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Daily Real Estate News  |  September 17, 2009  |   How to Spot Foreclosure-Prevention Scammers
Here’s how the most common foreclosure-prevention scams work:

The desperate home owner gets a letter that says something like, “We know you’re having a hard time. We have a pipeline to your lender and can help you save your home. Call this toll-free number now.”

Home owners call the number and agree to pay $1,200 to $1,500 upfront for help with their mortgage. Nothing happens. Their home still goes into foreclosure.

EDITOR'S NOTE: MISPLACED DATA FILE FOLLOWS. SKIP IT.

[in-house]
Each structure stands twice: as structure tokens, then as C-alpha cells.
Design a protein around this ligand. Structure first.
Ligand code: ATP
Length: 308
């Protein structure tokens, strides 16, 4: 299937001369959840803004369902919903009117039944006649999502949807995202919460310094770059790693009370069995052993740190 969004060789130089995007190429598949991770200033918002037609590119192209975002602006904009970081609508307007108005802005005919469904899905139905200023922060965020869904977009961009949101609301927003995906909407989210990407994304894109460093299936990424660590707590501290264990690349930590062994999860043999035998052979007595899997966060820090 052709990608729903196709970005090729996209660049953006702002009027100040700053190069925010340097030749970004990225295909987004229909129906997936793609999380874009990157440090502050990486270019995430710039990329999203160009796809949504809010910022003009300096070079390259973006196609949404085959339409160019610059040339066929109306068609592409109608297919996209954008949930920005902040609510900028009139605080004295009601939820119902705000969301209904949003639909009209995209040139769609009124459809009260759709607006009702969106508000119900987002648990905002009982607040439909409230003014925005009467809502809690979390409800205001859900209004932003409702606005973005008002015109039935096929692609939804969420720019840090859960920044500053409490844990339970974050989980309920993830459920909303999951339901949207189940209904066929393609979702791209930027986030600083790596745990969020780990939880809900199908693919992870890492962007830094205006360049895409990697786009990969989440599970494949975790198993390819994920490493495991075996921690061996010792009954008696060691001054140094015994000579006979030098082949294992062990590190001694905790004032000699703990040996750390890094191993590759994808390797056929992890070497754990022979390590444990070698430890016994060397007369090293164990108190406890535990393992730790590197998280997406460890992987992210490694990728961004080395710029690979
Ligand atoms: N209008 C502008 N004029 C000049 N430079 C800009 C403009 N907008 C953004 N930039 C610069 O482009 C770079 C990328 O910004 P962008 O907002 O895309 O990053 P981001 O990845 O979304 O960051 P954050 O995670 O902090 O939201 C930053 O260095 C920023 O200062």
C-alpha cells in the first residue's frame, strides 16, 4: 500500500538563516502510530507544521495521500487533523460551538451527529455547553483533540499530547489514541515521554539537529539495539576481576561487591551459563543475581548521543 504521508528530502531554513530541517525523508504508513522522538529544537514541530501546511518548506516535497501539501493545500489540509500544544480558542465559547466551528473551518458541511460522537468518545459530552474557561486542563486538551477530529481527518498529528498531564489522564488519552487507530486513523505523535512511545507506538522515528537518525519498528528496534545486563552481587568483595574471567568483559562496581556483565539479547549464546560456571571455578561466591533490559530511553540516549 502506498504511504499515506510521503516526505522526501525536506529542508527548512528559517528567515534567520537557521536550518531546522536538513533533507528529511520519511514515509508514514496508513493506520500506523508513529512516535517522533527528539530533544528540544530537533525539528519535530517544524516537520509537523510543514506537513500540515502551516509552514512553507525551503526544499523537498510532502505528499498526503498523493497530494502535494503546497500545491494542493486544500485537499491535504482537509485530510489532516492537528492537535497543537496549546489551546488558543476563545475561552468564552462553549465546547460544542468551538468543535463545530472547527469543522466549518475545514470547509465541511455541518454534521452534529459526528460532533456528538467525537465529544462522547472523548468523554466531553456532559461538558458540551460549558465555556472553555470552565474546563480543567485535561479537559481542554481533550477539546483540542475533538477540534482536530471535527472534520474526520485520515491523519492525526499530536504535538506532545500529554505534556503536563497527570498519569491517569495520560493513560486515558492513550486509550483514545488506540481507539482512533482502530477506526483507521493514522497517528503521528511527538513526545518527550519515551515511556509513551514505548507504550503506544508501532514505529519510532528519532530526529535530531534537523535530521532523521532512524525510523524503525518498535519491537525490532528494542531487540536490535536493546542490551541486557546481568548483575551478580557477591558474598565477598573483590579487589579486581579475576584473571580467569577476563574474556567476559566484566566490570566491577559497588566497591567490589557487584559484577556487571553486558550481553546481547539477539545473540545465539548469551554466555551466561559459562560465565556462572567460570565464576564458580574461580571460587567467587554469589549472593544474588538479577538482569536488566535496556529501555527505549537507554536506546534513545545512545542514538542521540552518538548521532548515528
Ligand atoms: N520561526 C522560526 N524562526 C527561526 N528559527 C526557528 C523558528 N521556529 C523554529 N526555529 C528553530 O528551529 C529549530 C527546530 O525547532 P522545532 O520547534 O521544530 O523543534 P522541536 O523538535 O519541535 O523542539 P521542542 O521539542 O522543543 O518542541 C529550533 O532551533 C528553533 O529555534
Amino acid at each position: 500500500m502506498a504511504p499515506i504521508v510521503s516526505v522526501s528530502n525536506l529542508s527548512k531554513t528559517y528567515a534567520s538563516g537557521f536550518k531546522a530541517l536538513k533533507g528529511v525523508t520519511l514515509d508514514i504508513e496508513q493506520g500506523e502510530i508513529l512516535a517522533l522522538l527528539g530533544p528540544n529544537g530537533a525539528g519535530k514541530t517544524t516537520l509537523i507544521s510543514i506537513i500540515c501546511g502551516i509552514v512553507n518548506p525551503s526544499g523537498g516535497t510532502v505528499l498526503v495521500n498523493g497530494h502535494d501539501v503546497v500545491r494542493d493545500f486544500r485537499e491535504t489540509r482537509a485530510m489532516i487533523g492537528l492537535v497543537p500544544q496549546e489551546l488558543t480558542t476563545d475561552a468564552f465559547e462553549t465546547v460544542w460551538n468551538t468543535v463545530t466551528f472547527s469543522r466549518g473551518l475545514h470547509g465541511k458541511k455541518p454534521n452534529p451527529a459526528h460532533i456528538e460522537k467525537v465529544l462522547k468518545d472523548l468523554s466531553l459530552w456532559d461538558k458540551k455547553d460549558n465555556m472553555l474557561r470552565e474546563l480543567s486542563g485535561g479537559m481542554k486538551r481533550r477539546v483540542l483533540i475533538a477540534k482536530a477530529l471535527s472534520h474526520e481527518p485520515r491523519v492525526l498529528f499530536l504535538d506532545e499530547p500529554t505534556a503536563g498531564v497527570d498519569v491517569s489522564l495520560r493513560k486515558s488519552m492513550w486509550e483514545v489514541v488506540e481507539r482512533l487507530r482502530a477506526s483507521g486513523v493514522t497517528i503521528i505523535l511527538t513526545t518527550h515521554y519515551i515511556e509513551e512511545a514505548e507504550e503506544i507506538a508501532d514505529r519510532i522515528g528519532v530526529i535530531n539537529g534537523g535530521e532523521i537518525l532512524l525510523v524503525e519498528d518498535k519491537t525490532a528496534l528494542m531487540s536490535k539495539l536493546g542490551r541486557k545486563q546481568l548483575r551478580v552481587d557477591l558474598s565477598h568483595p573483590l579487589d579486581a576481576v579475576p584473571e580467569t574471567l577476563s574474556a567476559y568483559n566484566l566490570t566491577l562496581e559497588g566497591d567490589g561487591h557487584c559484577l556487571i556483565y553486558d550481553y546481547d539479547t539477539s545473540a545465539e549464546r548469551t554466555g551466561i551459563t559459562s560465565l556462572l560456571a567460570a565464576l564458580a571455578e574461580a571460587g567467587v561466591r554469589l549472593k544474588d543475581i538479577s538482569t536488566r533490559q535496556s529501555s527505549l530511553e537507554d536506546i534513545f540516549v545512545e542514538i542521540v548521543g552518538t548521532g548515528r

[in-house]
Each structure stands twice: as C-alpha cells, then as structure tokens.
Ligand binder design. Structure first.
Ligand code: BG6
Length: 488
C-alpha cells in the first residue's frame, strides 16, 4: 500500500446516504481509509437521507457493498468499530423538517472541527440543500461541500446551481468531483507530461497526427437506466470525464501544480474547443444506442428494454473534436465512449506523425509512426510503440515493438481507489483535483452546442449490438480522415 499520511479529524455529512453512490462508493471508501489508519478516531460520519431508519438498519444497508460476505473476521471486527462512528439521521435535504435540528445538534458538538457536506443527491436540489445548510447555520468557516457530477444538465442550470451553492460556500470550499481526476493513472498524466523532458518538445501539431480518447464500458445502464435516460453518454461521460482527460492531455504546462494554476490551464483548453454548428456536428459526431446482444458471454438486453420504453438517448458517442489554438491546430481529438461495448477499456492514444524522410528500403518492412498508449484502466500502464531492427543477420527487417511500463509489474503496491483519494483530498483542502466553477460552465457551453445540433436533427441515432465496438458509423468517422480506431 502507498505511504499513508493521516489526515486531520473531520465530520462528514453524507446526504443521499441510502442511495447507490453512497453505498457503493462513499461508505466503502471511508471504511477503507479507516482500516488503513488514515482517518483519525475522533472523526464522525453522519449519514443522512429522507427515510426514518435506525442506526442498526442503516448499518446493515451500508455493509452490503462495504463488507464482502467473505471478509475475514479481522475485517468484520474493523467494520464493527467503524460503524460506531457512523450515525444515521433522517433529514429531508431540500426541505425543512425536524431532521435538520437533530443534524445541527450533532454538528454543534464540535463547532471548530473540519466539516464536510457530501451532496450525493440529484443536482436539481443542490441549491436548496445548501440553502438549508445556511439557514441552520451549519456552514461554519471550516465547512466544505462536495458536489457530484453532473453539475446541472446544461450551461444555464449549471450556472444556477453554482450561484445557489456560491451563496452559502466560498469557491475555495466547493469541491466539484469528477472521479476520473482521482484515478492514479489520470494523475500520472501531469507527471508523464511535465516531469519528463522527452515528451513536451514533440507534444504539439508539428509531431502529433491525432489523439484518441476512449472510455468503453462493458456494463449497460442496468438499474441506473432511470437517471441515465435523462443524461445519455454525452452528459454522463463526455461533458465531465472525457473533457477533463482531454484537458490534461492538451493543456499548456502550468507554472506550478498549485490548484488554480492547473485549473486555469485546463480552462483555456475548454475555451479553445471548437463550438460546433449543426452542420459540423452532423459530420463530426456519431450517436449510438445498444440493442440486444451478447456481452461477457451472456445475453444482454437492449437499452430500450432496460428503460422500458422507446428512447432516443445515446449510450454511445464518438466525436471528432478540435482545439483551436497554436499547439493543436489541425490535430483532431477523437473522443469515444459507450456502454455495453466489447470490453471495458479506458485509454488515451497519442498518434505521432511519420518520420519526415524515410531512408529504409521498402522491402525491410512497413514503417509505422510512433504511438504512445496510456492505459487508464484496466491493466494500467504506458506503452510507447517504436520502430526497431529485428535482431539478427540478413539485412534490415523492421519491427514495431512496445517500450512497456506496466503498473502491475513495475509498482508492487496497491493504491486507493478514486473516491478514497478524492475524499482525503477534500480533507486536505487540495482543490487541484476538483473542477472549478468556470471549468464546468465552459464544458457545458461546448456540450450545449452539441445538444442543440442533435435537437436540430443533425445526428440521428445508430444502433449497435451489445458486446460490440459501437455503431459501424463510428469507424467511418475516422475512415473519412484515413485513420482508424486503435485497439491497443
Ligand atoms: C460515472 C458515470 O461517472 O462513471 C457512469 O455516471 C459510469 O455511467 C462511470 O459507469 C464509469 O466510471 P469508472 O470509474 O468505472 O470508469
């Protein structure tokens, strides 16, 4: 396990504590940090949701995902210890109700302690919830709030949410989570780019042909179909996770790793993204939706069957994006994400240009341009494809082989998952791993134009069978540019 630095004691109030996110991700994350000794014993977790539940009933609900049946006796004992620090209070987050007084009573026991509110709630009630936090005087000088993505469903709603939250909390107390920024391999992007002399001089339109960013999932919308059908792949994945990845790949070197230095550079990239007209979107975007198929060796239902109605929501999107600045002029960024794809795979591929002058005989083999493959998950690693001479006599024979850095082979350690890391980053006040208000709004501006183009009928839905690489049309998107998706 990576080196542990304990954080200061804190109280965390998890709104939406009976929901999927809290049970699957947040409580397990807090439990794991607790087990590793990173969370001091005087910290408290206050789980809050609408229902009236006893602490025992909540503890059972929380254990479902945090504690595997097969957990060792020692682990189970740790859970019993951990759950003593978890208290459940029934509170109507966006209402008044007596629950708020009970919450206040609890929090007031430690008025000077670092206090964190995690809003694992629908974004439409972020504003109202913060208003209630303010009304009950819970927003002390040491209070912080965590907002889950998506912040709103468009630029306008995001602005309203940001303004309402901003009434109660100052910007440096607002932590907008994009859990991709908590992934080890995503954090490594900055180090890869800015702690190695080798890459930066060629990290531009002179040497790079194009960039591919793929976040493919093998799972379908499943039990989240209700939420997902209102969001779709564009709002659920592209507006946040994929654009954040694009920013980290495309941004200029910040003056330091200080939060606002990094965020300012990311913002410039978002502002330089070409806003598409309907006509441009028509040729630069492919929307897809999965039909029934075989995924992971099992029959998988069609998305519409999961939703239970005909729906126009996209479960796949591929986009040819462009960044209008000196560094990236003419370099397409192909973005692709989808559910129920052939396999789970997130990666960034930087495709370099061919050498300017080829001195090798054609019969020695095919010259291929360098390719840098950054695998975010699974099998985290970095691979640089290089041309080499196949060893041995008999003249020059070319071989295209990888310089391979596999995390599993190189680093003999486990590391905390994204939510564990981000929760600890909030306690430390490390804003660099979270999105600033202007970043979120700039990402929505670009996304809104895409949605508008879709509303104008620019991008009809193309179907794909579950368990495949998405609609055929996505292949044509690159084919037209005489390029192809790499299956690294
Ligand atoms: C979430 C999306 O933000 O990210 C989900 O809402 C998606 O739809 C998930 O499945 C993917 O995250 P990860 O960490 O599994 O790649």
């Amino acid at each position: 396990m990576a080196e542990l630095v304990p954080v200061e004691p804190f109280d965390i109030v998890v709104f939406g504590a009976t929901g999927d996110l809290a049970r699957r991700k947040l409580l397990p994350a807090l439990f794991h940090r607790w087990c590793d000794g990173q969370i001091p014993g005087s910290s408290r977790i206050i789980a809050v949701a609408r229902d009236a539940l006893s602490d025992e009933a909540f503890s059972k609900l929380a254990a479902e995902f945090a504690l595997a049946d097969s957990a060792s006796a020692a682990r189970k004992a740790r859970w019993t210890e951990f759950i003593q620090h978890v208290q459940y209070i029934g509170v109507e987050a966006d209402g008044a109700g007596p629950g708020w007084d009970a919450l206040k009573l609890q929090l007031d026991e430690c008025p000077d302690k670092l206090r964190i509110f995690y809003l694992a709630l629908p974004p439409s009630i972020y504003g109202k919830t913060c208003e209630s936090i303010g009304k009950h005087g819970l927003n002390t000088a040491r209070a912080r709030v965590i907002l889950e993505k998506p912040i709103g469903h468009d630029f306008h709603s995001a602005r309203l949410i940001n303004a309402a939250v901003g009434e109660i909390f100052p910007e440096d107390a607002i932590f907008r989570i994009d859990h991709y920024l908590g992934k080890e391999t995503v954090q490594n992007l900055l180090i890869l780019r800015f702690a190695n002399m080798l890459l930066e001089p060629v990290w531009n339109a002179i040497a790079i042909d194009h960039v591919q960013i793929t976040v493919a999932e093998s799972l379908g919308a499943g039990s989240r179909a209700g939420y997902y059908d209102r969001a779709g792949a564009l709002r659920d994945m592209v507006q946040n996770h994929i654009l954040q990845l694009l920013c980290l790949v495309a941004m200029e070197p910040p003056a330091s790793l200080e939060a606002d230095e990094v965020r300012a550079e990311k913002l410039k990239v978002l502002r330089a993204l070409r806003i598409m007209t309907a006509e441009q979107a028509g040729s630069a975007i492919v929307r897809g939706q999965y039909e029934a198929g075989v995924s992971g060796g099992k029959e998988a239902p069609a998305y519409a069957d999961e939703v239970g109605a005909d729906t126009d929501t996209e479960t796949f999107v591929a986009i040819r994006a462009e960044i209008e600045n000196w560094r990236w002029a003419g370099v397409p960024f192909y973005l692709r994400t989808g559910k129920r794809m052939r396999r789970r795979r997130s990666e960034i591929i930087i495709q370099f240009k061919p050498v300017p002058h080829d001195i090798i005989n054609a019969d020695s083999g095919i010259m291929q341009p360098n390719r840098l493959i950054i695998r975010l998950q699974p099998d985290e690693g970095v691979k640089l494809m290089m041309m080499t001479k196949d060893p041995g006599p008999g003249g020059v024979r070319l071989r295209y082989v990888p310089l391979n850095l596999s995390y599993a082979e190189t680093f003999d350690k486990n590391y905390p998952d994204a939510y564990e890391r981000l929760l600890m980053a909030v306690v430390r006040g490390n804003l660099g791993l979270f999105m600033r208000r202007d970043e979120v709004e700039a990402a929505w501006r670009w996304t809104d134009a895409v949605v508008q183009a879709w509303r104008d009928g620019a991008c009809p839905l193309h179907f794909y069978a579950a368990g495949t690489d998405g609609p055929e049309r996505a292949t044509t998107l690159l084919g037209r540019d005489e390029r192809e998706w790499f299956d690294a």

Harold Kirtz, a lawyer for the Federal Trade Commission who is prosecuting these scammers, says victims are often well educated and financially savvy, but they also are “in a very vulnerable state.”

Here are some red flags that should make a home owner run in the opposite direction:
  • If the company guarantees success. Nobody can guarantee a lender won’t foreclose or will modify a loan.
  • If the company wants money upfront. "We can't say all advance fees are illegal," Kirtz says, “But in most cases they're probably bogus."
  • If the company wants the home owner to send mortgage checks directly to the modification firm. The only certainty there is that the company will cash the checks.

Source: Washington Post Writers Group, Kenneth R. Harney (09/13/2009)

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